White Sox poised for grand opening to international signing period

Oscar Colás (Photo by Neko Kabachi)

Major League Baseball is planning to hold a bargaining session with the MLB Players Association on Thursday. If it’s anything like previous negotiation sessions, nothing’s going to come of it, but reports of coming talks are better than drop-dead silence.

Assuming nothing significant comes immediately from this round, the opening of the international signing period on Saturday will get its time to shine, In a winter so starved for baseball news that the minor league phase of the Rule 5 draft had unprecedented pull, Jan. 15 should have some real juice.

That’s especially the case for the White Sox, who promise to be unusually active this year. MLB.com and Baseball America both have the White Sox tied to the same two prospects in their rankings. BA’s Ben Badler says they’re one of four clubs set to sign a pair of $1 million players, and while one of them has been highly anticipated because he fits the White Sox’s typical profile, the less-heralded signing could portend better days ahead in this department.


OF, Cuba
MLB.com: No. 5 | BA: No. 5

Colás was once regarded as the Cuban Shohei Ohtani, but now he’s more considered a left fielder with a strong arm. He last played professionally in 2019, spending most of the season on the roster of the Fukuoka SoftBank Hawks’ minor league team. He hit .302/.350/.516 as a 20-year-old, an improvement over his struggles in 2018 (.212/.259/.519). He earned a promotion to the first team and homered in his first trip to the plate. He ultimately went 5-for-18 with a homer, walk and six strikeouts, getting plunked twice.

He then had a contentious separation from the Hawks, sitting out the 2020 season on the restricted list before Fukuoka cut him loose during the following winter. The issue was his contract, which the Cuban government negotiated on his behalf.

His Hawks contract, negotiated by the Cuban government, contained a five-year team option. Colas insists it was never explained to him and thought he had no obligation to SoftBank beyond 2019.

He defected last winter in the hope of signing a deal with a major league club, something SoftBank would not permit.

Colás was let go in December of 2020, a little more than a month before 2021-22 signing period opened. He could’ve signed during that window, but with most teams already having committed the majority of their budgets, he wouldn’t have been able to find many offers that breached seven figures. By waiting a year, he’s able to get a bigger bonus from the White Sox, with Cuban baseball reporter Francys Romero saying Colás will sign for $2.7 million.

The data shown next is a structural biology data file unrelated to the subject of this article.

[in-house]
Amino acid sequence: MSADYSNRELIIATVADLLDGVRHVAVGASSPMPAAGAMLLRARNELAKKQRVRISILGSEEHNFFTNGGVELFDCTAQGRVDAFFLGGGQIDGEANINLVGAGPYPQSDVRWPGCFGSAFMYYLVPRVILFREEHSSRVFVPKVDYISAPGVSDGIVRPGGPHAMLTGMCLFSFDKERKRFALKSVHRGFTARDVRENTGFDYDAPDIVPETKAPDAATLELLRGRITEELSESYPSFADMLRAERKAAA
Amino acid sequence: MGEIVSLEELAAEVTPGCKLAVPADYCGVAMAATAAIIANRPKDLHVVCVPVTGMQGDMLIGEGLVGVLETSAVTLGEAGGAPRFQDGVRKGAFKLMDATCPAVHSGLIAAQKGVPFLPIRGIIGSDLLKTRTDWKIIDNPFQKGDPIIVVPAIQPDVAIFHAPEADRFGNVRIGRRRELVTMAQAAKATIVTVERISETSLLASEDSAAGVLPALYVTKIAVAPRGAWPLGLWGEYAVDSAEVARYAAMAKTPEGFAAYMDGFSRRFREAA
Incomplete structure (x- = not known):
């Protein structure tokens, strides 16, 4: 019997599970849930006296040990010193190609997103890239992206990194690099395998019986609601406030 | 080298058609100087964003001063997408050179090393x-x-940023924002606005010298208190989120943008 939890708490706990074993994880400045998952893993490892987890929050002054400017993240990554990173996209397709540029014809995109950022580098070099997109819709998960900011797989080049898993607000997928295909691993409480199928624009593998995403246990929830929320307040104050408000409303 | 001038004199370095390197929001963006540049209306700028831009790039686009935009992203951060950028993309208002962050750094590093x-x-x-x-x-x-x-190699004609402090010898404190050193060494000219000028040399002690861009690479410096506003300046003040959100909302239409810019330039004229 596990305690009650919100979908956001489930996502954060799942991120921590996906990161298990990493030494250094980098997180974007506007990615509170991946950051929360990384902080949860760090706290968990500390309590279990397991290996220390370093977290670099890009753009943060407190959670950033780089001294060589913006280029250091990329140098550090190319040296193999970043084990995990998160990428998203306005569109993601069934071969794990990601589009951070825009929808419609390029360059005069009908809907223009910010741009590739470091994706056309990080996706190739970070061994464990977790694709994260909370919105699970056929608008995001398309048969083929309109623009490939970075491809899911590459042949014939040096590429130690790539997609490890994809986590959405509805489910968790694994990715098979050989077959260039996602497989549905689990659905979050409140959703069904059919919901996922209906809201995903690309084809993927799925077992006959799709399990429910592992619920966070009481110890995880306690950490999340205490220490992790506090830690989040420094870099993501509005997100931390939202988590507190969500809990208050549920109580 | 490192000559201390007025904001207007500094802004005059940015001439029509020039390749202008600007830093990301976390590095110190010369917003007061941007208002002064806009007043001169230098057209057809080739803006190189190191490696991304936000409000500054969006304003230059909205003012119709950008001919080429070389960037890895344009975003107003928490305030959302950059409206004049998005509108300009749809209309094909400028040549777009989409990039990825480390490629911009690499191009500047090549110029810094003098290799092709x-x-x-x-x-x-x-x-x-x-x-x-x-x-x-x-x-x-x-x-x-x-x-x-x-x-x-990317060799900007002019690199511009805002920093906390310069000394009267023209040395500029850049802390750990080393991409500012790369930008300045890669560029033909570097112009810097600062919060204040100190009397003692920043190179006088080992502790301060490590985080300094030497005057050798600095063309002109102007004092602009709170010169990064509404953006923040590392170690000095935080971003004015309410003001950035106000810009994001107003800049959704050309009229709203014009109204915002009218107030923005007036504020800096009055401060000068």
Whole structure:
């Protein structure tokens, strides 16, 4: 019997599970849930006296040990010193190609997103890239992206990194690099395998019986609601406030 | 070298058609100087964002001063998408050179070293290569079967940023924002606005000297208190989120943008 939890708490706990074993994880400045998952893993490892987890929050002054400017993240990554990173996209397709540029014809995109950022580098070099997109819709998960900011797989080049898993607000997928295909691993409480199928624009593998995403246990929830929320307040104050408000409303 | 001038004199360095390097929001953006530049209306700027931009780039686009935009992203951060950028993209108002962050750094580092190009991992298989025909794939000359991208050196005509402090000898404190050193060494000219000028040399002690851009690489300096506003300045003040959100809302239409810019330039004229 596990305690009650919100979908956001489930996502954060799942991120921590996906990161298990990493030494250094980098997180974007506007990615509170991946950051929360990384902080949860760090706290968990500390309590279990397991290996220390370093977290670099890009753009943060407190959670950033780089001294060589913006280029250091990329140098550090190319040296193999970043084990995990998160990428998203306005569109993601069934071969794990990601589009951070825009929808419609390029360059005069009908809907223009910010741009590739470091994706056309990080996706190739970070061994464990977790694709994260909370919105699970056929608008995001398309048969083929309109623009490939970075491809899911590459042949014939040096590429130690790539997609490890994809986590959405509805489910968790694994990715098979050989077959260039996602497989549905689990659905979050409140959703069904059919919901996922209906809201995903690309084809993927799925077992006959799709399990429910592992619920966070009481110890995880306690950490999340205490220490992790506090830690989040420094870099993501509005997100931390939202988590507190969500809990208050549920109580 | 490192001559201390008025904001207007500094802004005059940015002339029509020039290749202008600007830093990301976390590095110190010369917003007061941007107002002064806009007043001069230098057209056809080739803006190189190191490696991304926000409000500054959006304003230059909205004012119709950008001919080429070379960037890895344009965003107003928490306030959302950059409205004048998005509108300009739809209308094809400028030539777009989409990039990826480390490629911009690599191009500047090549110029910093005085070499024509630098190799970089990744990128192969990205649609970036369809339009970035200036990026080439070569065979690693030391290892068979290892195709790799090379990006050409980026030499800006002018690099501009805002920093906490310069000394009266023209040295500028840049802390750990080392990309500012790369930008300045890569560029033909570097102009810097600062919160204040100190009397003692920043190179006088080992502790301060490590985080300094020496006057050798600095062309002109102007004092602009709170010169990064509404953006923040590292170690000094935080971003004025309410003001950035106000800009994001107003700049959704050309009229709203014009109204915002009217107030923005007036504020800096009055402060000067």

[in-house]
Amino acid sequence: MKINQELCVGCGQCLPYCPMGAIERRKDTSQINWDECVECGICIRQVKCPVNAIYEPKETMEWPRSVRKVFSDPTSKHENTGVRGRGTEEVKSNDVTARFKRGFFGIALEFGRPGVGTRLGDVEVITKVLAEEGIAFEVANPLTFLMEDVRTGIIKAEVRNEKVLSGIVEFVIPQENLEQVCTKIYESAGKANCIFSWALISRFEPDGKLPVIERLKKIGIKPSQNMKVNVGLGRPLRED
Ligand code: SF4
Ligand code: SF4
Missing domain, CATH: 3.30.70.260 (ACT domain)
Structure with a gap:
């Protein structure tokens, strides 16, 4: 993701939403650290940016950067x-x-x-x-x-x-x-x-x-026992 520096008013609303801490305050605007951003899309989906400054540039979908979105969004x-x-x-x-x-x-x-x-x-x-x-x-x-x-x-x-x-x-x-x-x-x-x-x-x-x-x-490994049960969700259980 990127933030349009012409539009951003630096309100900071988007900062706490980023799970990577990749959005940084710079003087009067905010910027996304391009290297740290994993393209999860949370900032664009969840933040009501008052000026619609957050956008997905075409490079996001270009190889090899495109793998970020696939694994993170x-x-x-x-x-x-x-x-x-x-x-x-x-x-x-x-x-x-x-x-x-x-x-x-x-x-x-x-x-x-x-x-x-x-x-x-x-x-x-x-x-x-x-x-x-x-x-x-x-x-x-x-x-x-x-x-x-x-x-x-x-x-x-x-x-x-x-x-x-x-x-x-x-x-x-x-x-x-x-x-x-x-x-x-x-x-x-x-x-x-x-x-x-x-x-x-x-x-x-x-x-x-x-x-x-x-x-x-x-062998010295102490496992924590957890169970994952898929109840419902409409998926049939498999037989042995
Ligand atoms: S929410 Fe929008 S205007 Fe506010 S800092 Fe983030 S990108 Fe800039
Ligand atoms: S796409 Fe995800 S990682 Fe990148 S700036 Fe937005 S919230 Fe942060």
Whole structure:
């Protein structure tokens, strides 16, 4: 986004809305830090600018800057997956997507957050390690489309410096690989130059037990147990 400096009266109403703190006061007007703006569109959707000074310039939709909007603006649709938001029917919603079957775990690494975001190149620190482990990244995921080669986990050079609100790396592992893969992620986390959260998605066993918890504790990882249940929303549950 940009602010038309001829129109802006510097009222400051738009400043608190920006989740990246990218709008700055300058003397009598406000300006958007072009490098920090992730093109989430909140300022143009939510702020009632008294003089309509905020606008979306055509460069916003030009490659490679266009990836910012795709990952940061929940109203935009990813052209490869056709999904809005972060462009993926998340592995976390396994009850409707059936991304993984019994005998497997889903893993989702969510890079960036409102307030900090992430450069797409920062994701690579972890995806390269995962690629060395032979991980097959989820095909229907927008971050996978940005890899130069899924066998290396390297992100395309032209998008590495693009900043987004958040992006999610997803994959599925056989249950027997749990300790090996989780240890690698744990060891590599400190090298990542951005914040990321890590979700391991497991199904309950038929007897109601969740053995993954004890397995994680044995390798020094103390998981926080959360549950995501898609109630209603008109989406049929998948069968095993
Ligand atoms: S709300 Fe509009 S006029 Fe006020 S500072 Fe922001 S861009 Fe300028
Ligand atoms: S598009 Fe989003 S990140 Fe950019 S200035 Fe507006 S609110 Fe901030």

Now 23, Colás has filled out, and Baseball America says “his body type, range and athleticism will likely limit him to either left field or first base,” although he tried to do what he could to reverse it with positive impressions of his conditioning at his December workout. The hopes are riding on his bat either way.


OF, Dominican Republic
MLB.com: No. 28 | BA: No. 44

While it’s no surprise that the White Sox were able to land a Cuban in his early 20s, it’s noteworthy when the White Sox can manage to sign a Dominican teenage talent. The White Sox hadn’t signed a non-Cuban to a bonus of $1 million since Josue Guerrero back in 2016. That was also the year that the Sox splurged on Luis Robert, so they were prohibited from bonuses higher than $300,000 the next two years, but still. The White Sox’s biggest signings since have gone to Yolbert Sánchez ($2.5 million), Yoelqui Céspedes ($2.050 million) and Norge Vera ($1.5 million), all of whom 1) hailed from Cuba and 2) were at least 20 years old.

So here’s Hernandez, who turns 17 on signing day. He’s a 6-foot, 175-pound lefty-lefty outfielder with a sound approach at the plate. The disparity in evaluations stems from the belief in his power potential. Baseball America says Hernandez has a “hit-over-power profile,” while MLB.com dropped a too-tall comparison on him.

Hernandez’s biggest comp is a lofty one: Juan Soto. Hernandez, like Soto, is a solid hitter as a teen and could hit the ball hard to all fields.

Hernandez has a very advanced approach at the plate and has shown the ability to adjust. He also displayed the ability to handle himself against right-handed and left-handed pitching, which is rare for a prospect his age. Physically, he’s lean and athletic with lots of room to grow and add strength. 

That’s great, but it’s hard to take it seriously when the more optimistic of reads ranks him No. 28.

Setting that side, this is a positive development for Marco Paddy and the White Sox. The Cuban connection is indeed a major asset, but the farm system’s struggle to gain and develop the most precocious of talent is perhaps the biggest reason why the prospect list is so shorthanded in the wake of the prospects that required resources other ways (big trades, first-round money). Jose Rodriguez is a terrific success story, and I suspect Bryan Ramos isn’t far behind, but I’ve been waiting to see the White Sox increase their chances for international success by increasing their resources and lengthening the runway, and this is what that would look like.

(Photo by Neko Kabachi)


  • Jim Margalus

    Writing about the White Sox for a 16th season, first here, then at South Side Sox, and now here again. Let’s talk curling.

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A 23 year old OF/1B with very limited experience who needs to watch his conditioning is what I see.
Will he spend a year away for tax purposes as well?


James Fox thinks it he will spend this year in the Dominican Summer League. But if he is on the right program, he can start in High A or AA in 2023. I am interested to see where Vera starts this year.


Can’t imagine the benefit of a 23 year old going to the DSL.


It’s a shame about Colas missing so much time because of contractual stuff. It’s terrible to throw years of a person’s life


I like that they’re both left-handed.


Over at FG, Logenhagen said Colas is probably a good platoon/bench bat of the Daniel Vogelbach variety.